While the effects were not immediate, the researchers in the study from Tel Aviv University, MIT, the University of Toronto, and Tsighua University in Beijing -- were able to assess that the new compound shows improved permeability of the blood-brain barrier. After two weeks of oral administration of the compound in mice, magnesium levels in the cerebral-spinal fluid increased.
Toward a more "plastic" brain
"It seems counterintuitive to use magnesium for memory improvement because magnesium is a natural blocker of the NMDA receptor, a molecule critical for memory function. But our compound blocks the receptor only during background neuronal activity. As a result, it enhances the brain's 'plasticity' and increases the number of brain synapses that can be switched on," says Dr. Slutsky.
"Our results suggest that commercially available magnesium supplements are not effective in boosting magnesium in cerebro-spinal fluid," she says. "Magnesium is the fourth most abundant mineral in the body, but today half of all people in industrialized countries are living with magnesium deficiencies that may generally impair human health, including cognitive functioning."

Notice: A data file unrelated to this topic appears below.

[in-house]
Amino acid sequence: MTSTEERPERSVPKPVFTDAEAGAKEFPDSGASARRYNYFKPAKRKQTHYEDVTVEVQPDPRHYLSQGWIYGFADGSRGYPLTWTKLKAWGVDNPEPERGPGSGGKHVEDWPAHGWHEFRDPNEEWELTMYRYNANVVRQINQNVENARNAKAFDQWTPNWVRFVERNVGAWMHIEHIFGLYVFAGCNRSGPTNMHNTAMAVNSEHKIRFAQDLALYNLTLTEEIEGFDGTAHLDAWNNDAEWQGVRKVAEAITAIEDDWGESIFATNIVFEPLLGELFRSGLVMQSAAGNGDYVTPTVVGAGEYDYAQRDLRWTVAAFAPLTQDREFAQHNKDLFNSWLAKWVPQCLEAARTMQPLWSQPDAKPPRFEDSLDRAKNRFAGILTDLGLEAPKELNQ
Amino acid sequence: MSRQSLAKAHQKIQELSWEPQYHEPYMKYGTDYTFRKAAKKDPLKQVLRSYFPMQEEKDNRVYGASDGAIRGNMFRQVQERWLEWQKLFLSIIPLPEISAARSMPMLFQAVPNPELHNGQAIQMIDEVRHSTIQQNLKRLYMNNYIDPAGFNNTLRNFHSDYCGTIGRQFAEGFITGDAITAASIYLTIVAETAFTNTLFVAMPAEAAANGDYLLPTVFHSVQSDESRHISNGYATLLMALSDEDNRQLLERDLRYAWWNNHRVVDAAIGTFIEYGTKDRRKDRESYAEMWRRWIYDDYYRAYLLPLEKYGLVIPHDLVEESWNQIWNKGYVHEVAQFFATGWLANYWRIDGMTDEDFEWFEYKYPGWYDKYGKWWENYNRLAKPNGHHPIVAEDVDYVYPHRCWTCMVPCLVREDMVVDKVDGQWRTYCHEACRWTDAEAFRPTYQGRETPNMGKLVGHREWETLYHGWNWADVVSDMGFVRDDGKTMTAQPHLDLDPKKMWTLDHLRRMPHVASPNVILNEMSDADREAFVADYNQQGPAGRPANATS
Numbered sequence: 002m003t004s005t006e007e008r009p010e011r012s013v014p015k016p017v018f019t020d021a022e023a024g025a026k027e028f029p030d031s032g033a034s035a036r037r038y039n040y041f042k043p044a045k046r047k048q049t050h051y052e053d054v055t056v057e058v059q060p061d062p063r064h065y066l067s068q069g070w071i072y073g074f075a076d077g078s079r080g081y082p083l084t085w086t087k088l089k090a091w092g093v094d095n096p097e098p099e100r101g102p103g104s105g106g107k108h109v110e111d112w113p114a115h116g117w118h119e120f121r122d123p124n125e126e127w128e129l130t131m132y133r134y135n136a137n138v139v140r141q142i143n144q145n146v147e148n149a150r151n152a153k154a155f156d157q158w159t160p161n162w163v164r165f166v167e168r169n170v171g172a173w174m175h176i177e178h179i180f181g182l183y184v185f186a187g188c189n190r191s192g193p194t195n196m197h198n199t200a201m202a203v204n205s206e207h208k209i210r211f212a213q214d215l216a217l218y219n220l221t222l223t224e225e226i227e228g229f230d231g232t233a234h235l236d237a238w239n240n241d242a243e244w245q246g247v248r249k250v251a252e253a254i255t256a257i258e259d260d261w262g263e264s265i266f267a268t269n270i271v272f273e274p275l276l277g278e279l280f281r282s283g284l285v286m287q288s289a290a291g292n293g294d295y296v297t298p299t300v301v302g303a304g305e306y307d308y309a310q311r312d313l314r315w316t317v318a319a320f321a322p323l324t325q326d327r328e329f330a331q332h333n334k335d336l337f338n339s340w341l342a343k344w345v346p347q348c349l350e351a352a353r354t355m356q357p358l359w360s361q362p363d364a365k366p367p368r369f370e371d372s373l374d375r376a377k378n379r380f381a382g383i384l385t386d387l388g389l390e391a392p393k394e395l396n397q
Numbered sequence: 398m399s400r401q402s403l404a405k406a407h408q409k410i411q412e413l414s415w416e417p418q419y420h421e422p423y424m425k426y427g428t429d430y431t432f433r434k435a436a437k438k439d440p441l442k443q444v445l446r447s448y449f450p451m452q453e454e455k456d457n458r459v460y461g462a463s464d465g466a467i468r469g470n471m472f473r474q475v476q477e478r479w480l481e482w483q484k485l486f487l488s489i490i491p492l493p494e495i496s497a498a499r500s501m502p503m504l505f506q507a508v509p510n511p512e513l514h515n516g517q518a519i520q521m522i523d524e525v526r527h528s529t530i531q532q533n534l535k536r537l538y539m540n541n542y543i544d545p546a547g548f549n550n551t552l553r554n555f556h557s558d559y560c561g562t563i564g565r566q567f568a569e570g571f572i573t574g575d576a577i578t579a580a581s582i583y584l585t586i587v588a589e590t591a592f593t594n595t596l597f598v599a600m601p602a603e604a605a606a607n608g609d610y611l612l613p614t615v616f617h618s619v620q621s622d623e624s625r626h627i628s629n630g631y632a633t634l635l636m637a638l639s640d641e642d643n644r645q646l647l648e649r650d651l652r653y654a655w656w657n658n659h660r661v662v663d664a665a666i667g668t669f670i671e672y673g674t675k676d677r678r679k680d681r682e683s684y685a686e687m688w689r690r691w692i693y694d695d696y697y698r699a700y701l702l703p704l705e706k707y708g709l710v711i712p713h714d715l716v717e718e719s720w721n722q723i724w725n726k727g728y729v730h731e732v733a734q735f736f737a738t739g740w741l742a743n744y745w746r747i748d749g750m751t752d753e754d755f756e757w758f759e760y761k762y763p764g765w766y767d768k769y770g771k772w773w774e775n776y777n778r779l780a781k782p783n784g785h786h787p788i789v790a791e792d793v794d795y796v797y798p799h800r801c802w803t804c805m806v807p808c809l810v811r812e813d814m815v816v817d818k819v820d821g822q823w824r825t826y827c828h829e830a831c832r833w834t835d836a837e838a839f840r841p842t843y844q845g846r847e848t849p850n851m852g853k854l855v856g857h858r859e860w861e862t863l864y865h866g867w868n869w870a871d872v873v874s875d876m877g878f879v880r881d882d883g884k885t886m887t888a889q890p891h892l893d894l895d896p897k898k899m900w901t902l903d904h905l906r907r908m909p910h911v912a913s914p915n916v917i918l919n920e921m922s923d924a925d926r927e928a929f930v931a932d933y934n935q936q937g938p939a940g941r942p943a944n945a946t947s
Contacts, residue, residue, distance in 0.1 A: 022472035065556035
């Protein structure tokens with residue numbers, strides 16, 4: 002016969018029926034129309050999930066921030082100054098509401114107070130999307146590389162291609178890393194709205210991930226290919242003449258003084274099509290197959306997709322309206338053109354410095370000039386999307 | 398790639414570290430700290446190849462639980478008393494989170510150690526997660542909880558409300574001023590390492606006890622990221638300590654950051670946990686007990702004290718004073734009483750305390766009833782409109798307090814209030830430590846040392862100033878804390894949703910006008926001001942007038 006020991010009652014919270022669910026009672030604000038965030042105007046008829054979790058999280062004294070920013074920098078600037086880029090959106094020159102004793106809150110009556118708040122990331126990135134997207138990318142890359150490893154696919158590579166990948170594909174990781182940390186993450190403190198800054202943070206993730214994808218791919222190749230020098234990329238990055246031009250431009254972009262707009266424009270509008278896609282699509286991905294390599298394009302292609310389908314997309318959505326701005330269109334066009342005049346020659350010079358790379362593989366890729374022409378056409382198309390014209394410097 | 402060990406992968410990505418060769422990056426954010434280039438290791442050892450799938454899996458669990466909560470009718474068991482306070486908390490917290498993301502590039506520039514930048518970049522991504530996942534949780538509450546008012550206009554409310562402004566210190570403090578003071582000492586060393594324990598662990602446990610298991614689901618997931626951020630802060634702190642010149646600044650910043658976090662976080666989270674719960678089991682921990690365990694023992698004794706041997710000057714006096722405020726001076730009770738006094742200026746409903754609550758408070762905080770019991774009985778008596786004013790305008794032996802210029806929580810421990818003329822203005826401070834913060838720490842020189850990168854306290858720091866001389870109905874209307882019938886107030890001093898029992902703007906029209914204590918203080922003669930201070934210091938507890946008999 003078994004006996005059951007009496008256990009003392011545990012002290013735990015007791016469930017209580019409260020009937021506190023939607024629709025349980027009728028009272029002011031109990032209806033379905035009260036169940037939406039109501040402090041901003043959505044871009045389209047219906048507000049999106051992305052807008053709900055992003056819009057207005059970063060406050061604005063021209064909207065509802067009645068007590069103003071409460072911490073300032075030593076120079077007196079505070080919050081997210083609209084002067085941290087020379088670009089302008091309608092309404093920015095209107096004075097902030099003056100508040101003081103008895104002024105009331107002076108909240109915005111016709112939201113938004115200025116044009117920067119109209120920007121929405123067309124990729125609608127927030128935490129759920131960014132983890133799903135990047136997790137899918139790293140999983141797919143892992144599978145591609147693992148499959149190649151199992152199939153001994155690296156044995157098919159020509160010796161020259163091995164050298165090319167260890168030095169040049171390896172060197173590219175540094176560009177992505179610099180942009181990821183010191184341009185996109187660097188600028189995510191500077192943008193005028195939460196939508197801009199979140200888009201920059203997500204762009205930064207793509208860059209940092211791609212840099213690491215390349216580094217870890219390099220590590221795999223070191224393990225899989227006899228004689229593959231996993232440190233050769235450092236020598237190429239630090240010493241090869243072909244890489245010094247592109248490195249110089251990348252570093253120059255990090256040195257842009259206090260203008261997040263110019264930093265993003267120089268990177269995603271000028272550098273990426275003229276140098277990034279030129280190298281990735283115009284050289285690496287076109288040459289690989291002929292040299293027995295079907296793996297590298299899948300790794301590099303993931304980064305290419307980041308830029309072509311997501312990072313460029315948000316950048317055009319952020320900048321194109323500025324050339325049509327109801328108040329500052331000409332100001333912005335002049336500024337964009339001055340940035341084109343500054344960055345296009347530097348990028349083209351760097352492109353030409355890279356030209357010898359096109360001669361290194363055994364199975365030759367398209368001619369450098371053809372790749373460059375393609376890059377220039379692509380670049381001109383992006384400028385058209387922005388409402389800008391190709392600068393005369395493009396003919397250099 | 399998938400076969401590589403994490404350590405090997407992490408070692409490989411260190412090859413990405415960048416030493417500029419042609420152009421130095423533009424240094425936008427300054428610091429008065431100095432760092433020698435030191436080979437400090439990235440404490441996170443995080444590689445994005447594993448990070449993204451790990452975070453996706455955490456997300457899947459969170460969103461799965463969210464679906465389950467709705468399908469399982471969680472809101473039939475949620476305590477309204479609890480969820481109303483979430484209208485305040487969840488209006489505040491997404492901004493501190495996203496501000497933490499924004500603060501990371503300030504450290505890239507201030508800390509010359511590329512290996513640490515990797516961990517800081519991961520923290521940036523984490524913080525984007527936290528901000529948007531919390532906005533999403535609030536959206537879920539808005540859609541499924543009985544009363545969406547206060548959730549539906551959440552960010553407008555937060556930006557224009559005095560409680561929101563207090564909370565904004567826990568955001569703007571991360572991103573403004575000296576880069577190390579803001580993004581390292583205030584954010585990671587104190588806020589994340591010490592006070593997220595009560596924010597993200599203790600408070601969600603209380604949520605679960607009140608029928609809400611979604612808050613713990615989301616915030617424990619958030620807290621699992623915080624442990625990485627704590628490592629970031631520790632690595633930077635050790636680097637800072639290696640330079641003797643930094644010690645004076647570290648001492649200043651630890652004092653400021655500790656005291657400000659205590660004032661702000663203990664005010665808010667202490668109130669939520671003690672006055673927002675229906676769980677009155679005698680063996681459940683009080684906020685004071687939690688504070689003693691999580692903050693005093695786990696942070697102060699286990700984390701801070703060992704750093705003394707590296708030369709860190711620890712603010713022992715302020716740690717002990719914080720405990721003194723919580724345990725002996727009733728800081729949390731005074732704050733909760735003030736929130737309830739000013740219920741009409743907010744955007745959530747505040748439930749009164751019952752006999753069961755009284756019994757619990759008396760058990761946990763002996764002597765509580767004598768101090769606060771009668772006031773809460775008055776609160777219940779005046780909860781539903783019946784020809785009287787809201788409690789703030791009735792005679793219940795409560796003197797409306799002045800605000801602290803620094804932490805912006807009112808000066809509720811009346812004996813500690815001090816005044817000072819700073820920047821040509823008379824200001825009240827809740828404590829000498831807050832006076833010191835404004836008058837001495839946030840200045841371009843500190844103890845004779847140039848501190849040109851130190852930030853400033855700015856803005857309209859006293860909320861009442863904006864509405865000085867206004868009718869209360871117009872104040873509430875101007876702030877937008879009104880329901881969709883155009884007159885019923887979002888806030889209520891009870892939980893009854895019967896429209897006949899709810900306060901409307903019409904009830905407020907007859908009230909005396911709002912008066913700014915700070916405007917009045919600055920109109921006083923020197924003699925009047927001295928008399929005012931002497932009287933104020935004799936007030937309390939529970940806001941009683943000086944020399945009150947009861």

Before the new compound becomes commercially available, Dr. Slutsky advises people to get their magnesium the old-fashioned way -- by eating lots of green leaves, broccoli, almonds, cashews and fruit. The effects on memory won't appear overnight, she cautions, but with this persistent change in diet, memory should improve, and the effects of dementia and other cognitive impairment diseases related to aging may be considerably delayed.
|Contact: George Hunka|
American Friends of Tel Aviv University